When I shoot in the night, I often wish for a digital camera that can boost the iso beyond 3200 or 6400 and produce great looking images. Photojournalism and film making has benefited a lot from this technical revolution. Shooting normal shutter speeds in low light or almost no light situations have changed the way we see the night in photographs and movies.
But how did generations of photographers and film makers shoot in the night? Experimenting with pushing black and white films to their maximum. Lens producers like Zeiss, Leica, Canon, Nikon, had a prestigious challenge of who can produce the most light sensitive lens. The noctilux is just one popular example.
But nowadays, the development even goes back to less light sensitive lenses, because the sensors compensate several apertures by ISO. Current trends show that the f-stop is not the most desired parameter anymore. Lenses get equipped with image stabilization.
So when I walk down the streets at night, with a 400iso film and a f2.0 lens, I am often forced to shoot shutter speeds like 1/15th or 1/8th.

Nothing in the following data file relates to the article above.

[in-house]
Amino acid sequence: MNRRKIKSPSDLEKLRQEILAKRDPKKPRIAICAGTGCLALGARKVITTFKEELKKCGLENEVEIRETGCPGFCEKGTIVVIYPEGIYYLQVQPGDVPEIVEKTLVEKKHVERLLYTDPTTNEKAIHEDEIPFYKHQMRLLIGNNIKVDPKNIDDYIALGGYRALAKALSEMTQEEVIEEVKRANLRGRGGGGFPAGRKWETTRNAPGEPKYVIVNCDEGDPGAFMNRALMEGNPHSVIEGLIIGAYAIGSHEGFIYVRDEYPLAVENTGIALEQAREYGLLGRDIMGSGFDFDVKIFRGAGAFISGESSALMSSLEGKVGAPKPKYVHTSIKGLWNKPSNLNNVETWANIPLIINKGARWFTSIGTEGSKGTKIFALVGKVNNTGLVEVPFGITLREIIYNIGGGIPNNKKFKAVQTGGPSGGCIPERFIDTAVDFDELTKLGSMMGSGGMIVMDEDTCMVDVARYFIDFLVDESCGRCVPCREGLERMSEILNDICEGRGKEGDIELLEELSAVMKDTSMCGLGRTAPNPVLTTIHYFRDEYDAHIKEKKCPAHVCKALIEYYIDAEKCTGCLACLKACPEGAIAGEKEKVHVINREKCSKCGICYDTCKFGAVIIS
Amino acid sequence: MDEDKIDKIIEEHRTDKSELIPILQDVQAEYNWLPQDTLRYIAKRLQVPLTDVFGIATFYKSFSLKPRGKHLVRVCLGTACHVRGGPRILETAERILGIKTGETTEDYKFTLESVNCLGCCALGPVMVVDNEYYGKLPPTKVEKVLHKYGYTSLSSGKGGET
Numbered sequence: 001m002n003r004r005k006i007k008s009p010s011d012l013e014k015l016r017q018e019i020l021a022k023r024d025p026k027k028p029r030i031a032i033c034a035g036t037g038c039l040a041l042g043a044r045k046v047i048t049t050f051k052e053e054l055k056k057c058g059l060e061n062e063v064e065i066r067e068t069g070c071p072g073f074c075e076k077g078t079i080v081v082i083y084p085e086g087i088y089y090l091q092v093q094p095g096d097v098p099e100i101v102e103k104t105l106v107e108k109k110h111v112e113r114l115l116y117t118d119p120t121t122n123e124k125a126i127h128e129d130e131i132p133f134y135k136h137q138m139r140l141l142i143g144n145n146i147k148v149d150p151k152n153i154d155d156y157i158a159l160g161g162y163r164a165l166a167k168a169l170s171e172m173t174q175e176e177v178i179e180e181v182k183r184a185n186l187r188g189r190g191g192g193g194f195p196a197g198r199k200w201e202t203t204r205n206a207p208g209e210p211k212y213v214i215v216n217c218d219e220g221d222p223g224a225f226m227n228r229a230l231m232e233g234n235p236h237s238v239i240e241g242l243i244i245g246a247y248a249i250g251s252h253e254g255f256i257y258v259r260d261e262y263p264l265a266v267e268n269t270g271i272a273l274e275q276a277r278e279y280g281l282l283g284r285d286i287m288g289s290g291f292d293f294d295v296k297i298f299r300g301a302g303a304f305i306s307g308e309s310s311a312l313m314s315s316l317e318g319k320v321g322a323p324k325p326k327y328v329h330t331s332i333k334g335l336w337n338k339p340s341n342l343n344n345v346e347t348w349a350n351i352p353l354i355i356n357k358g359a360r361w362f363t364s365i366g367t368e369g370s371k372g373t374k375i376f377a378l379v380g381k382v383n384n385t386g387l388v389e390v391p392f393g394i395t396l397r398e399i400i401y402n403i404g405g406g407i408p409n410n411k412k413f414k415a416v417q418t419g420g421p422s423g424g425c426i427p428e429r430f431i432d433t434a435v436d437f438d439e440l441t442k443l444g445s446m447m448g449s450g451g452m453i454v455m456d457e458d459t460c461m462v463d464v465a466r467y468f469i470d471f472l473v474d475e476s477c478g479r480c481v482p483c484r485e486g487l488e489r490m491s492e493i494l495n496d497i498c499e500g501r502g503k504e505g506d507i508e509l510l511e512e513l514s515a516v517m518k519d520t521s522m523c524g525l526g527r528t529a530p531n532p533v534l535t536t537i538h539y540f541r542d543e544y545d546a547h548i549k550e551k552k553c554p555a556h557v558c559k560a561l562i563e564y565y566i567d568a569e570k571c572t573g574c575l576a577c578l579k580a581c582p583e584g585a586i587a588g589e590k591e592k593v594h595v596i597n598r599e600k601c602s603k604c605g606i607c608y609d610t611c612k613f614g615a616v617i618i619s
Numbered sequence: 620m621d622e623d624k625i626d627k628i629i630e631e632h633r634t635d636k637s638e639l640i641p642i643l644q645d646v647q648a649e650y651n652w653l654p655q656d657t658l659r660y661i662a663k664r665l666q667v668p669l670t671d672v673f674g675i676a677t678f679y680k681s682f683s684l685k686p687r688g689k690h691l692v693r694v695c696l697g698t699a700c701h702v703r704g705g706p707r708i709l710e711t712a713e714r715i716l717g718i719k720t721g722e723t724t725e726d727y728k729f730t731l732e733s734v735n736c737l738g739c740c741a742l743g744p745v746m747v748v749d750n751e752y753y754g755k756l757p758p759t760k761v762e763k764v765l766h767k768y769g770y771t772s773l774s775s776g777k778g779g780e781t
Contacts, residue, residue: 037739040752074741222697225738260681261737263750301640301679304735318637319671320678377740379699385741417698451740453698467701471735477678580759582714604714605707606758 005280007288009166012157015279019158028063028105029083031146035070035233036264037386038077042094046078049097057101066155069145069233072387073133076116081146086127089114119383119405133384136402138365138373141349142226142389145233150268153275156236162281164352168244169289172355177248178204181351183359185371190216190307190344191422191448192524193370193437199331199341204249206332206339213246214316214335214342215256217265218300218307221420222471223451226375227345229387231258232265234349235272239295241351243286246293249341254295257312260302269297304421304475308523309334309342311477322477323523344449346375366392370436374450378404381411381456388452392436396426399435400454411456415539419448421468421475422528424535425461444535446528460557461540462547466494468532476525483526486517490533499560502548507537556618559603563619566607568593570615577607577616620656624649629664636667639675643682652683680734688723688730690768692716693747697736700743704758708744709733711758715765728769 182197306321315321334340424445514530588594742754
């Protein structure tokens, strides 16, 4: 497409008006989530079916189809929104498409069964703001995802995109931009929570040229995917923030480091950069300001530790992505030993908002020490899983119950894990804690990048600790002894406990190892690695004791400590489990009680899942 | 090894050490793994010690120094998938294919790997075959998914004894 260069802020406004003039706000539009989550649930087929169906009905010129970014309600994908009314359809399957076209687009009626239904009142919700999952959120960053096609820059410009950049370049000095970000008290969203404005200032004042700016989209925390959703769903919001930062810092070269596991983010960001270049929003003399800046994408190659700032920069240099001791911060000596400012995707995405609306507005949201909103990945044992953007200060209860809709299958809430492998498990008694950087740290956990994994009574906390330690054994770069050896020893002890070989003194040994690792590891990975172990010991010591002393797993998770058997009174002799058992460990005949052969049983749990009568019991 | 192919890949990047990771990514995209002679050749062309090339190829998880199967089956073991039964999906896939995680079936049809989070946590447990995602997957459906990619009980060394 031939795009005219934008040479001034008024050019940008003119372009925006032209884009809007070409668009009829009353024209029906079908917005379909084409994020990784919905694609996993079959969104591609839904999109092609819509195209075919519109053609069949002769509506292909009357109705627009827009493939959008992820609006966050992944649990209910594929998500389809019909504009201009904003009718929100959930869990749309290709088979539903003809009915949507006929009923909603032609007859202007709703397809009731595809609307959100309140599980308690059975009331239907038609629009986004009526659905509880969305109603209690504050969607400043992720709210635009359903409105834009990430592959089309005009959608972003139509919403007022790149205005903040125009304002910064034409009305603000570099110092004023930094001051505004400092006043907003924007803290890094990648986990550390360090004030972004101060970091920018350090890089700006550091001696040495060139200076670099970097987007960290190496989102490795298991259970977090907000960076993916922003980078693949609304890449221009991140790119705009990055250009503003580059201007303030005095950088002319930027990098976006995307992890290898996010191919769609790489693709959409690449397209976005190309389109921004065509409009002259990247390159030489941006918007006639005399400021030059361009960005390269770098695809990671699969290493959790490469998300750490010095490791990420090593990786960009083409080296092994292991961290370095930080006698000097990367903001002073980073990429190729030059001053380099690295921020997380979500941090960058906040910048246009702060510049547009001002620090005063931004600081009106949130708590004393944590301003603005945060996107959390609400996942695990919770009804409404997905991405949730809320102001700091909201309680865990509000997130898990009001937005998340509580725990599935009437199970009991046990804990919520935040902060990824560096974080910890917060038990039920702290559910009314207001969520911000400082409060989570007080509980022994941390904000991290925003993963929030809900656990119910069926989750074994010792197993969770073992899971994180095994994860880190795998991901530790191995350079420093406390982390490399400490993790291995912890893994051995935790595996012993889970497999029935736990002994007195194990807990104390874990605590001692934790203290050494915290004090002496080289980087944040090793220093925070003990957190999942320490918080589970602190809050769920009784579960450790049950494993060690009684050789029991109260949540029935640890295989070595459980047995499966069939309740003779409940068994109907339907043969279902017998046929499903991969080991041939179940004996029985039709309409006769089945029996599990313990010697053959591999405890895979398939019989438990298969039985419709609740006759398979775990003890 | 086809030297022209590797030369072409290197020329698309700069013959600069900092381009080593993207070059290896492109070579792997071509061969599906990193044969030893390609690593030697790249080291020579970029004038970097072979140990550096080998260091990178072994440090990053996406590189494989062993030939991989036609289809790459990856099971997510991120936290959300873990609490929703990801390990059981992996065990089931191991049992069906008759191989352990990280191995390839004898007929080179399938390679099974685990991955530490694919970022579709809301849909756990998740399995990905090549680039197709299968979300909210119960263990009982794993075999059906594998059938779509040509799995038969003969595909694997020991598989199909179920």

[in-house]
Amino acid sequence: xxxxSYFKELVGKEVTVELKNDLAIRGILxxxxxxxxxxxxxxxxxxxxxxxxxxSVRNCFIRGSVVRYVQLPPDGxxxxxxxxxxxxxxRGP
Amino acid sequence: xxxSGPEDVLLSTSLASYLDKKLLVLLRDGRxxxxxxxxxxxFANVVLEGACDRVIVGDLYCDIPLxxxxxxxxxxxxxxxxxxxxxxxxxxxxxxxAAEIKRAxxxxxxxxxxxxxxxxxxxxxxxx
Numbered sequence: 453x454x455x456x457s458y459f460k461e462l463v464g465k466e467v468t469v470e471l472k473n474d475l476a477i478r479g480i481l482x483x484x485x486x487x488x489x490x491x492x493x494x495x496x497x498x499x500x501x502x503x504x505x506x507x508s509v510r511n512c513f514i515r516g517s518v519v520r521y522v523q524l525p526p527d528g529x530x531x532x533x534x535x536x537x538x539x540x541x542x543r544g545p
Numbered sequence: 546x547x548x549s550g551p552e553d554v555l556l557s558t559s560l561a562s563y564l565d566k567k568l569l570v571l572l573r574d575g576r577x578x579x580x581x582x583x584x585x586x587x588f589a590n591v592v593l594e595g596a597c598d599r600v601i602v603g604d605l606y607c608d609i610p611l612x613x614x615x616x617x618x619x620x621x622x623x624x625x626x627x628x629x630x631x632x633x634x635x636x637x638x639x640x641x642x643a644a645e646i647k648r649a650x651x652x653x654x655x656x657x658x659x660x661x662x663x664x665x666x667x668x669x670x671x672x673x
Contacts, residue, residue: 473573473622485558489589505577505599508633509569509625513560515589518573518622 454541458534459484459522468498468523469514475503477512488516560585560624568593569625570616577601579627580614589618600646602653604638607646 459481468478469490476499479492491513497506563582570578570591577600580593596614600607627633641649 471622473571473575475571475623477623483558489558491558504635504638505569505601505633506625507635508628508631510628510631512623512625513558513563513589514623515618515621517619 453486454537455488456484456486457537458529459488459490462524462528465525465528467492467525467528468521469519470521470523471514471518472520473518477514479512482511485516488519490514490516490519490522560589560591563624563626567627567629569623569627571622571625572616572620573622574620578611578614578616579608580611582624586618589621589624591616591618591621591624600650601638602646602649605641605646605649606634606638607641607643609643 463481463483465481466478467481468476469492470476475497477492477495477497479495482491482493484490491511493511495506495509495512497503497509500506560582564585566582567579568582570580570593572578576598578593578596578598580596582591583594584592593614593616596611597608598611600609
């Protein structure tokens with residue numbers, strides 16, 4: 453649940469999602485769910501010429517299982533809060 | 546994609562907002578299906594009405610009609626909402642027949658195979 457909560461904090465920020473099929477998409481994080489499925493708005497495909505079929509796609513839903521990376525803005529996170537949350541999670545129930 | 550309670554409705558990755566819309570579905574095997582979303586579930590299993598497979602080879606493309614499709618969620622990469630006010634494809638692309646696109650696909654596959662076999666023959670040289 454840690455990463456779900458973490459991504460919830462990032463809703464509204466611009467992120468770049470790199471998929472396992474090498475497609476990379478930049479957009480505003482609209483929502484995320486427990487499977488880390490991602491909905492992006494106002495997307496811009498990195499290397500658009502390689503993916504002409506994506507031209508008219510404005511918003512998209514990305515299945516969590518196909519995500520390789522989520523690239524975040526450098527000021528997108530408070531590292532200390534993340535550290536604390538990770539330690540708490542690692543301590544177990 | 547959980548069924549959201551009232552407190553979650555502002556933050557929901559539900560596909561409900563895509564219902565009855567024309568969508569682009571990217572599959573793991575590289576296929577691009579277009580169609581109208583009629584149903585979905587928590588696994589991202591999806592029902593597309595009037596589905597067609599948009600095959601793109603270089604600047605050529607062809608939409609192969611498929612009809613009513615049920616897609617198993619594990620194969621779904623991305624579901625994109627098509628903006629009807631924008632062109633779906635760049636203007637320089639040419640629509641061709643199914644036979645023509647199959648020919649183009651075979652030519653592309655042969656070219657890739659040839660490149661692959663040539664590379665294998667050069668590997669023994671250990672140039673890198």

Of course I could push the film up to 1600 easily, but I have a weird philosophy, that if there is not enough light, I don’t take a photo.
Sometimes it happens that against all sense, I try to get lucky, shooting 1/8th in the night. Some of the frames that turned out, are part of my favorite photographs. It is a certain magic of the long exposure, an aesthetic that can’t be produced otherwise.
The mixture of a wide open lens, the background bokeh and a motion blur creates this look that can’t be achieved otherwise.
Now if I had walked down the street, with a digital SLR, shooting f1.4 3200 or 6400 iso, my shutter speed would not have been 1/8th, it would have been 4-5 times faster, so something around 1/125th. The photograph would look completely different - or from a different point of view, just like any other street/photojournalist that shoots like this nowadays.
Para Ganj, Delhi. January 2013.
Konica Hexar, Trix. Negsacn